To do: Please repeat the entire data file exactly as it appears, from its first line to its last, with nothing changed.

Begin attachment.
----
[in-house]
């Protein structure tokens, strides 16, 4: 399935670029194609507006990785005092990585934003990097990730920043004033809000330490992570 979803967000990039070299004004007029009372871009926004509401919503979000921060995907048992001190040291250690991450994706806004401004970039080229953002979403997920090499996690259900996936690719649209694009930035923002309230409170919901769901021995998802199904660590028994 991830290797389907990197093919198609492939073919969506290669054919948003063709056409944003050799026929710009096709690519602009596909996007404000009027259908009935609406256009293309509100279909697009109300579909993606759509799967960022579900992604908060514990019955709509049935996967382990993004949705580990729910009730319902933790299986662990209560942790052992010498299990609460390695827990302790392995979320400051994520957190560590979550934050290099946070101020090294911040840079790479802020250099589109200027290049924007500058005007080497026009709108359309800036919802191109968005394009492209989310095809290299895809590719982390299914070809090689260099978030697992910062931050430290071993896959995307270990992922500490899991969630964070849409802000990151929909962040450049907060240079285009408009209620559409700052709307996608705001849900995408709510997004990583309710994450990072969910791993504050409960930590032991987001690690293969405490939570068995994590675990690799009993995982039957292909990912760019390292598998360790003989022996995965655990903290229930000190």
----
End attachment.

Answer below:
[in-house]
């Protein structure tokens, strides 16, 4: 399935670029194609507006990785005092990585934003990097990730920043004033809000330490992570 979803967000990039070299004004007029009372871009926004509401919503979000921060995907048992001190040291250690991450994706806004401004970039080229953002979403997920090499996690259900996936690719649209694009930035923002309230409170919901769901021995998802199904660590028994 991830290797389907990197093919198609492939073919969506290669054919948003063709056409944003050799026929710009096709690519602009596909996007404000009027259908009935609406256009293309509100279909697009109300579909993606759509799967960022579900992604908060514990019955709509049935996967382990993004949705580990729910009730319902933790299986662990209560942790052992010498299990609460390695827990302790392995979320400051994520957190560590979550934050290099946070101020090294911040840079790479802020250099589109200027290049924007500058005007080497026009709108359309800036919802191109968005394009492209989310095809290299895809590719982390299914070809090689260099978030697992910062931050430290071993896959995307270990992922500490899991969630964070849409802000990151929909962040450049907060240079285009408009209620559409700052709307996608705001849900995408709510997004990583309710994450990072969910791993504050409960930590032991987001690690293969405490939570068995994590675990690799009993995982039957292909990912760019390292598998360790003989022996995965655990903290229930000190």